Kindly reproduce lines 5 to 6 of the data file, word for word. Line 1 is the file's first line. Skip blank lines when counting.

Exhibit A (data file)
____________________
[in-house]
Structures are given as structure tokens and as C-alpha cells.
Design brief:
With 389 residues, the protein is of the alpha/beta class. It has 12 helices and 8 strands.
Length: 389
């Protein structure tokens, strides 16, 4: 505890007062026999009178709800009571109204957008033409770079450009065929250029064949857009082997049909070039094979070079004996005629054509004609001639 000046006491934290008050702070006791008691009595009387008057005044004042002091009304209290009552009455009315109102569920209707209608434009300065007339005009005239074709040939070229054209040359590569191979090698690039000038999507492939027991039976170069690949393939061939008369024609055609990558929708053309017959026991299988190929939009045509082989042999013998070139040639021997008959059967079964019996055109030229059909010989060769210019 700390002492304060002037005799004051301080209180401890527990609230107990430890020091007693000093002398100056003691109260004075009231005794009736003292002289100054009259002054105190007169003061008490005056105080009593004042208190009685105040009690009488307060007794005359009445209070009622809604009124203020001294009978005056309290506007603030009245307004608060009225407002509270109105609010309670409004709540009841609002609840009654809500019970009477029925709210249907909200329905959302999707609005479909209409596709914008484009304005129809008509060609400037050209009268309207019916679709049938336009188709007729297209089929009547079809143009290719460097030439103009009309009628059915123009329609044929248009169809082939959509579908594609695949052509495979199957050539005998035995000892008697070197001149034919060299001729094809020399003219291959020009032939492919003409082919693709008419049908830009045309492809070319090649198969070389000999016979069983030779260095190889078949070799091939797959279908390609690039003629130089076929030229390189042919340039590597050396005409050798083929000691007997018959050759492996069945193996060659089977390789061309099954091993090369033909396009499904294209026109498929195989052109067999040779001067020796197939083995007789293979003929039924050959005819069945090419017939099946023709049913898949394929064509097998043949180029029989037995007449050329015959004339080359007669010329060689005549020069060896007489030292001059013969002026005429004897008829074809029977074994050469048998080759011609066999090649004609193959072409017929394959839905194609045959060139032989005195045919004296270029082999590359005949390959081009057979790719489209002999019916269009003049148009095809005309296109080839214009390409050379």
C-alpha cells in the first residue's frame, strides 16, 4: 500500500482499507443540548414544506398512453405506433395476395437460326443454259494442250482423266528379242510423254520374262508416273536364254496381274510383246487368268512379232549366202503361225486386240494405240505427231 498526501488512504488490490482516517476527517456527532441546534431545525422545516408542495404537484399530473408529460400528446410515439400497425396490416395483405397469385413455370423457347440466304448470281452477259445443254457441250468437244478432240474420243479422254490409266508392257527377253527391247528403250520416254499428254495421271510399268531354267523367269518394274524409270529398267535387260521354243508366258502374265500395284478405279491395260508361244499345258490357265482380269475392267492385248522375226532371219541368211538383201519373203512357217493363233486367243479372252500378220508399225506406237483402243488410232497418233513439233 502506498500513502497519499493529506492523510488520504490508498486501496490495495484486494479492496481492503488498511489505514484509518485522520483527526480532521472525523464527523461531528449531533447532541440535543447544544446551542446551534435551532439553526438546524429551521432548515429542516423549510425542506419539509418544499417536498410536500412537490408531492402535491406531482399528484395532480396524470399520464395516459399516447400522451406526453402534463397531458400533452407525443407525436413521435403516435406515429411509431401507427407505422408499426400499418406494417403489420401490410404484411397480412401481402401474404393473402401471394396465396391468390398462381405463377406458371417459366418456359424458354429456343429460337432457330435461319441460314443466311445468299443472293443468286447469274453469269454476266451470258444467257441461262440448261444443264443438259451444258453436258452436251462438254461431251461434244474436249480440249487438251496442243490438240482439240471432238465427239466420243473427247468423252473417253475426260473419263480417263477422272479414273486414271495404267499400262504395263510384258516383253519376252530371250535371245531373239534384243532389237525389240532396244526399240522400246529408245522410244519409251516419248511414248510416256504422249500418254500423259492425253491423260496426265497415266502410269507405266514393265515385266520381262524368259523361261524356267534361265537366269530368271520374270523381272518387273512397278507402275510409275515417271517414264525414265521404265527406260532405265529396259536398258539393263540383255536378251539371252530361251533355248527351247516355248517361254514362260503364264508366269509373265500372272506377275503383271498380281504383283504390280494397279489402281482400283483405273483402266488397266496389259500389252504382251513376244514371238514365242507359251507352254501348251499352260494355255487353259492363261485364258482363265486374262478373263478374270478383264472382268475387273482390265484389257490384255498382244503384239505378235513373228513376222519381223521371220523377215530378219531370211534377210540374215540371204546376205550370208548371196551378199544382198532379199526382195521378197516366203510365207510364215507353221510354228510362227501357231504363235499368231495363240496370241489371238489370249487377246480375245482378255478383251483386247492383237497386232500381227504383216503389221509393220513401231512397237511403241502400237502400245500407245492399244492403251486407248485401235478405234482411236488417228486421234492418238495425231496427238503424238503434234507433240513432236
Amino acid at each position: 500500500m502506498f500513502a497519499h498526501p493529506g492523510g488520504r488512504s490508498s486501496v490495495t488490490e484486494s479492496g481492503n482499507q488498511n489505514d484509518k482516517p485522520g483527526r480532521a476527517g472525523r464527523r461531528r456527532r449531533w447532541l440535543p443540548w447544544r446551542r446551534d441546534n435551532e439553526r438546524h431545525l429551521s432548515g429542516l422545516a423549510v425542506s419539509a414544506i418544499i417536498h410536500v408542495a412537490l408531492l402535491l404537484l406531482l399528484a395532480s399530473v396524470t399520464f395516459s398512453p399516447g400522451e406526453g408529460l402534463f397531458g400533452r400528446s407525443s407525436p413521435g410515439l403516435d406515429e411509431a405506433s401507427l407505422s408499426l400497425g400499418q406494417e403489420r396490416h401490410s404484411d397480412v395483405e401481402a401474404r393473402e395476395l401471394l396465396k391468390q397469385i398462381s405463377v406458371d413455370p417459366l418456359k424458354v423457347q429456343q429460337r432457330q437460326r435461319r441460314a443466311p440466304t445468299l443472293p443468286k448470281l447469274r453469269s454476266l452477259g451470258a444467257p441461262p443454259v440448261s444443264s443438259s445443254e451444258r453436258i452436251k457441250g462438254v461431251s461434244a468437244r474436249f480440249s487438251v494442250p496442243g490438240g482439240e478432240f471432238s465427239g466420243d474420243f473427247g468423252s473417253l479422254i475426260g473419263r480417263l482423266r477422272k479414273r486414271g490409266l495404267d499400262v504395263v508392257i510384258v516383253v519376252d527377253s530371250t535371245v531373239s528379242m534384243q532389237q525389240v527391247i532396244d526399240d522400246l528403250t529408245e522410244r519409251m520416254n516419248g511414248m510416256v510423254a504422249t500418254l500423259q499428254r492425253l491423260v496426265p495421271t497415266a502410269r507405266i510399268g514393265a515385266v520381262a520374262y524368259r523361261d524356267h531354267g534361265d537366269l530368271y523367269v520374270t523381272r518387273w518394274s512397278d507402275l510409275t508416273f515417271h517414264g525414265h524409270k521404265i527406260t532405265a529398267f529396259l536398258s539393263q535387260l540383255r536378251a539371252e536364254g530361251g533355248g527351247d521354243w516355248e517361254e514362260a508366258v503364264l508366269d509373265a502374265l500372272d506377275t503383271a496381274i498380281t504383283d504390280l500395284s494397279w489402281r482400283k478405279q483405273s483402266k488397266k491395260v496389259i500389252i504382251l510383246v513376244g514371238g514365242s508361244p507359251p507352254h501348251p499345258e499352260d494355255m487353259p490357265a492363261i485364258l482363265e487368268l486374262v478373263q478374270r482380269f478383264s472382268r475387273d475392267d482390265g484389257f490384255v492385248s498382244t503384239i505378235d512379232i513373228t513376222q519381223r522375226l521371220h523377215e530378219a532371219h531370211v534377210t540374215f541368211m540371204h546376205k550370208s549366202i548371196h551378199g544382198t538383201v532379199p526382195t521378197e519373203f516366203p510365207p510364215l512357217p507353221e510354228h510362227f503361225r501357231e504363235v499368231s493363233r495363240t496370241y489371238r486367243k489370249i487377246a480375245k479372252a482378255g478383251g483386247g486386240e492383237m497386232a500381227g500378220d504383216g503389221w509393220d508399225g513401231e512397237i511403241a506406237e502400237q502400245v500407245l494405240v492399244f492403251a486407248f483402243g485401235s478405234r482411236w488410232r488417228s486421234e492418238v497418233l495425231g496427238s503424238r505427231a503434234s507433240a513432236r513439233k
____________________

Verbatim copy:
Length: 389
């Protein structure tokens, strides 16, 4: 505890007062026999009178709800009571109204957008033409770079450009065929250029064949857009082997049909070039094979070079004996005629054509004609001639 000046006491934290008050702070006791008691009595009387008057005044004042002091009304209290009552009455009315109102569920209707209608434009300065007339005009005239074709040939070229054209040359590569191979090698690039000038999507492939027991039976170069690949393939061939008369024609055609990558929708053309017959026991299988190929939009045509082989042999013998070139040639021997008959059967079964019996055109030229059909010989060769210019 700390002492304060002037005799004051301080209180401890527990609230107990430890020091007693000093002398100056003691109260004075009231005794009736003292002289100054009259002054105190007169003061008490005056105080009593004042208190009685105040009690009488307060007794005359009445209070009622809604009124203020001294009978005056309290506007603030009245307004608060009225407002509270109105609010309670409004709540009841609002609840009654809500019970009477029925709210249907909200329905959302999707609005479909209409596709914008484009304005129809008509060609400037050209009268309207019916679709049938336009188709007729297209089929009547079809143009290719460097030439103009009309009628059915123009329609044929248009169809082939959509579908594609695949052509495979199957050539005998035995000892008697070197001149034919060299001729094809020399003219291959020009032939492919003409082919693709008419049908830009045309492809070319090649198969070389000999016979069983030779260095190889078949070799091939797959279908390609690039003629130089076929030229390189042919340039590597050396005409050798083929000691007997018959050759492996069945193996060659089977390789061309099954091993090369033909396009499904294209026109498929195989052109067999040779001067020796197939083995007789293979003929039924050959005819069945090419017939099946023709049913898949394929064509097998043949180029029989037995007449050329015959004339080359007669010329060689005549020069060896007489030292001059013969002026005429004897008829074809029977074994050469048998080759011609066999090649004609193959072409017929394959839905194609045959060139032989005195045919004296270029082999590359005949390959081009057979790719489209002999019916269009003049148009095809005309296109080839214009390409050379």